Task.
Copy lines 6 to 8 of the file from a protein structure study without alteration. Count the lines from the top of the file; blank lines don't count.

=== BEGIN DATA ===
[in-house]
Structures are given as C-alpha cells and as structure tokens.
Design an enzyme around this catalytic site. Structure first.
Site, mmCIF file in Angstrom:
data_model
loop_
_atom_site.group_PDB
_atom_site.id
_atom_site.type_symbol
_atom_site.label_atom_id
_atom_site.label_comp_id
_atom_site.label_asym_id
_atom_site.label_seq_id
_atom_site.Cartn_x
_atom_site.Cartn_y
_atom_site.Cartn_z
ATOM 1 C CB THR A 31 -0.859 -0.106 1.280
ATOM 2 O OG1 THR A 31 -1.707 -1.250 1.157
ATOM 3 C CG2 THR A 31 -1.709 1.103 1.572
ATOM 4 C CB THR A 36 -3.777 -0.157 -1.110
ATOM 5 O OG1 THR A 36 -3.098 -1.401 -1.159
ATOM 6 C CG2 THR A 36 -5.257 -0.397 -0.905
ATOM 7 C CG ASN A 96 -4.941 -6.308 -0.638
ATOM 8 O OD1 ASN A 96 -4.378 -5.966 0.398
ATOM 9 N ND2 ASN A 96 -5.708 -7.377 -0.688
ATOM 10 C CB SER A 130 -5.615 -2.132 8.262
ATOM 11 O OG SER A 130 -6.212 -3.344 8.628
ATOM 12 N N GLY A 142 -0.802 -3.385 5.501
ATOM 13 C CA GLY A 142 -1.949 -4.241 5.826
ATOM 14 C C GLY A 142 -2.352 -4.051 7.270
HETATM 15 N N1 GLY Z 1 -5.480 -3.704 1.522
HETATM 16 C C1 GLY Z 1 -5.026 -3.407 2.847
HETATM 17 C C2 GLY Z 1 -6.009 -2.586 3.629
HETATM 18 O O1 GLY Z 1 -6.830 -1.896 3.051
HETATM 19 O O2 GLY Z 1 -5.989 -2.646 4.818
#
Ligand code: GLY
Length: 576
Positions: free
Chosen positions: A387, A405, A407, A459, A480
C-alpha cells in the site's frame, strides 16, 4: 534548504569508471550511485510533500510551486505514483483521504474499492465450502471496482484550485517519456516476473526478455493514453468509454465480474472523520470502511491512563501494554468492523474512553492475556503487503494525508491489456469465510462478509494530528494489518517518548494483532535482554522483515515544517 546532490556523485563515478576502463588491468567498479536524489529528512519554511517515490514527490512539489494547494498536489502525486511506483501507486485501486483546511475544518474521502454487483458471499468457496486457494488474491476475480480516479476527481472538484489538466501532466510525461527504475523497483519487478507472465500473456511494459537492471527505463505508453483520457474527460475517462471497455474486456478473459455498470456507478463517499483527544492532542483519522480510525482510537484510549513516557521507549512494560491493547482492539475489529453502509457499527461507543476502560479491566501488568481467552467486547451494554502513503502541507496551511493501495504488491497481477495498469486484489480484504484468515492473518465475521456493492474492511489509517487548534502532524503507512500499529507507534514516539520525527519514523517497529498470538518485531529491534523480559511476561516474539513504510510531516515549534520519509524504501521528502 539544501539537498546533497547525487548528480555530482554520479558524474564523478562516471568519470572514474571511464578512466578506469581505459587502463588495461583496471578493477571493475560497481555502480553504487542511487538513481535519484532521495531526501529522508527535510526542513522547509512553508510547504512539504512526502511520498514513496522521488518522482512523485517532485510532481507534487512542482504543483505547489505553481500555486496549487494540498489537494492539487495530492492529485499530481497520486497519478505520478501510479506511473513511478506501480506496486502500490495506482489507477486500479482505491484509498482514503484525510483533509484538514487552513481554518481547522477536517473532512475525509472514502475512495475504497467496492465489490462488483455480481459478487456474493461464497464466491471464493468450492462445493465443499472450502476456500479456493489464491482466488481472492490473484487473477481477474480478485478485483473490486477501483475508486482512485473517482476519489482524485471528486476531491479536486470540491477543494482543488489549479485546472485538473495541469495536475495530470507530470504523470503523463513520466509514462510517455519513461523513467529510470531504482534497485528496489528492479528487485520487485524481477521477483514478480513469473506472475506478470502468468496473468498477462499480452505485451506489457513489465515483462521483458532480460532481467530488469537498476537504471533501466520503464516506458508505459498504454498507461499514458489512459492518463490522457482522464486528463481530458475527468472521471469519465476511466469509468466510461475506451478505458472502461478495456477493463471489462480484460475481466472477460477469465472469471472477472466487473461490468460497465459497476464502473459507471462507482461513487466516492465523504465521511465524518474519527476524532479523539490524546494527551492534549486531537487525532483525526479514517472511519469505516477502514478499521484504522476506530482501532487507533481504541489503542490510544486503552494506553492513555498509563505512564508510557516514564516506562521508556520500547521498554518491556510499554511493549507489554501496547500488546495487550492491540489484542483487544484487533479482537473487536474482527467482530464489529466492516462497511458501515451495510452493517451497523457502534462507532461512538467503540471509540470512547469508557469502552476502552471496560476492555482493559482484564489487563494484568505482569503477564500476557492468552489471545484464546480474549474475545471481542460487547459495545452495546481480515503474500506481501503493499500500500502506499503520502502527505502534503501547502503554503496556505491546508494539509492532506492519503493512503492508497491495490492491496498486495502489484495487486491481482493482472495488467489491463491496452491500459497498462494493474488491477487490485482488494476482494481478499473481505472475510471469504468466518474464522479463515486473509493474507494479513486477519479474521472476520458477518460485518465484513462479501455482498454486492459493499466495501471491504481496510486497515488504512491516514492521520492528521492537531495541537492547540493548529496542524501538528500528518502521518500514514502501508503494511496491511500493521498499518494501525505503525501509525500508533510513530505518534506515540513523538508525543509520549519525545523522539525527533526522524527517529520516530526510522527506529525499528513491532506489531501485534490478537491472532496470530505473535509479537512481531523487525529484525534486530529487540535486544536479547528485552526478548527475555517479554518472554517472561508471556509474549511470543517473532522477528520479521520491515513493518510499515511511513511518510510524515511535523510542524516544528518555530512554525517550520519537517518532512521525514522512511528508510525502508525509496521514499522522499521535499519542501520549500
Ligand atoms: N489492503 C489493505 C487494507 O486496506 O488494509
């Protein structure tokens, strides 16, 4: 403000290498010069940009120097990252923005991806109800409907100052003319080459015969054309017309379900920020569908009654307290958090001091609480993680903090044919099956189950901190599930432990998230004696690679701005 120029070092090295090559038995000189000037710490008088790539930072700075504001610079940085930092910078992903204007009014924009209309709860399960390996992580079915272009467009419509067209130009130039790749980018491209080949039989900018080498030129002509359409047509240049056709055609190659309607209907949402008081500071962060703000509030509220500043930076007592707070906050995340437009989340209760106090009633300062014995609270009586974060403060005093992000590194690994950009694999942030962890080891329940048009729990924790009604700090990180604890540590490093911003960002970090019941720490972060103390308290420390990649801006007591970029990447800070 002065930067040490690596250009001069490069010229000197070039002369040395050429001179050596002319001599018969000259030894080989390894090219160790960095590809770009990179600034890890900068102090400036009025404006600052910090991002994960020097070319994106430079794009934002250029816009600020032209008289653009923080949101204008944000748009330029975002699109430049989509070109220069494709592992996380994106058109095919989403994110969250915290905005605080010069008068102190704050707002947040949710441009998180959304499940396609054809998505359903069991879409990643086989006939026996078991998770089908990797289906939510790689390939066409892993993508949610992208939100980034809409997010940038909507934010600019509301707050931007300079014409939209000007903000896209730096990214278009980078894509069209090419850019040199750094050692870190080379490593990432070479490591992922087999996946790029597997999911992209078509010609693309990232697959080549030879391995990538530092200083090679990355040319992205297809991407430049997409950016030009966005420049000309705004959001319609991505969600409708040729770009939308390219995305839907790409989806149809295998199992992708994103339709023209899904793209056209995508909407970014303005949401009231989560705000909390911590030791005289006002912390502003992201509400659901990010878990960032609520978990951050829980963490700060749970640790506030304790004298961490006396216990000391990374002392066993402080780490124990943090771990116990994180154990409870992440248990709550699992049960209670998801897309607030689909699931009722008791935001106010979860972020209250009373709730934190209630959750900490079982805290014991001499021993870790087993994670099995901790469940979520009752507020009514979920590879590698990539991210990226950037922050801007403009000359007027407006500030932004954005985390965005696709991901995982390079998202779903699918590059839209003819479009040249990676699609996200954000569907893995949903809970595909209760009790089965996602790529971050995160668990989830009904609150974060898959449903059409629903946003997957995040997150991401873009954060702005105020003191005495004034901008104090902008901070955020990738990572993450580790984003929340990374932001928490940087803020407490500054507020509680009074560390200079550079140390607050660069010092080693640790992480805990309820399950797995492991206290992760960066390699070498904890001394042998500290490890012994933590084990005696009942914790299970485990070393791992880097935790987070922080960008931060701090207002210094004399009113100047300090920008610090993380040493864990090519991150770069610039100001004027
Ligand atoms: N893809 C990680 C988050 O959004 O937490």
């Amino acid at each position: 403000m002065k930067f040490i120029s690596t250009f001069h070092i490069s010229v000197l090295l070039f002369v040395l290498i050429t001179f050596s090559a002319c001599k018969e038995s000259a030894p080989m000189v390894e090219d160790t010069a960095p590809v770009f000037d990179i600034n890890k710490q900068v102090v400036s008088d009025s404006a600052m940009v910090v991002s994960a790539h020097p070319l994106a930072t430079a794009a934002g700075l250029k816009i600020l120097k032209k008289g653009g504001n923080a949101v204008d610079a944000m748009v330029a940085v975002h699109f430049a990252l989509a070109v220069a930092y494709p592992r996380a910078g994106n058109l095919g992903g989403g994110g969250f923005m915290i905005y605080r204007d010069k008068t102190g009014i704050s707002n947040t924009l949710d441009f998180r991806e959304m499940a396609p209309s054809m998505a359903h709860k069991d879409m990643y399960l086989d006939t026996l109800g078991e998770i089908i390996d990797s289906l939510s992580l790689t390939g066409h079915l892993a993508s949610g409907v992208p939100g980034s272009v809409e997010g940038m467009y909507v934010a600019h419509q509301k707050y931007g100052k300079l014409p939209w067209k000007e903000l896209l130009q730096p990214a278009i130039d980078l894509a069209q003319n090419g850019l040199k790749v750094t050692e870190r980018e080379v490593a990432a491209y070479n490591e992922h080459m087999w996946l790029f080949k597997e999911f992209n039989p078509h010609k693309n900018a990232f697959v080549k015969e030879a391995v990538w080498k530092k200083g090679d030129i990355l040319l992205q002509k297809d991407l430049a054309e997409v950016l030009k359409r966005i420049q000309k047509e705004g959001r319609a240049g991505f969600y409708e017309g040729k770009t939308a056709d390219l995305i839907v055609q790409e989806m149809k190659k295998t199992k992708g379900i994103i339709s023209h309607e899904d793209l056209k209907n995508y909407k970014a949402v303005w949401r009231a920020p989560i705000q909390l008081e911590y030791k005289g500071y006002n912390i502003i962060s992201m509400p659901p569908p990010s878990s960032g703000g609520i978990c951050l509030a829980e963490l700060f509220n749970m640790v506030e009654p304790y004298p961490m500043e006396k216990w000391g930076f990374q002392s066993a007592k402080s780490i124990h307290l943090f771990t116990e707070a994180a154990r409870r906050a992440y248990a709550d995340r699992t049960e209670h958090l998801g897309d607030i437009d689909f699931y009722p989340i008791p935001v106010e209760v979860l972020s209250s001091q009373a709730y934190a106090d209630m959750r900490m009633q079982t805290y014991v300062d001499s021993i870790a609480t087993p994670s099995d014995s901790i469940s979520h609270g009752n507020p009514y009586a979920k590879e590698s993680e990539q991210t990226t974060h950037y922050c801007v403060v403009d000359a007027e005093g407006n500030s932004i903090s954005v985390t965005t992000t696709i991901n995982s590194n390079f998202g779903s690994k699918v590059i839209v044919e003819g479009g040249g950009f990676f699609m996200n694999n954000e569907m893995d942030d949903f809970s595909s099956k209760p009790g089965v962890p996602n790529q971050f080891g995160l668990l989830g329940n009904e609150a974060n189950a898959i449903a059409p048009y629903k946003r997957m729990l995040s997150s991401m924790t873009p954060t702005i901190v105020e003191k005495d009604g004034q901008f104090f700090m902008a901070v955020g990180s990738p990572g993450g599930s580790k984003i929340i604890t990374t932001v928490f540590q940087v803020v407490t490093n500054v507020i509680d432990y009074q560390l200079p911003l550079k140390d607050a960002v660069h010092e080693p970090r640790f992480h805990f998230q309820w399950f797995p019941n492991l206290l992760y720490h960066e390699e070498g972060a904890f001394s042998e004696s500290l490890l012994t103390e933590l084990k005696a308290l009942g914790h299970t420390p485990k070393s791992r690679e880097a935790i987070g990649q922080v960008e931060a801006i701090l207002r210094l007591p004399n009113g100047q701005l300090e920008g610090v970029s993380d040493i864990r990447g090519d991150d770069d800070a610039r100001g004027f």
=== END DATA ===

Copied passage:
loop_
_atom_site.group_PDB
_atom_site.id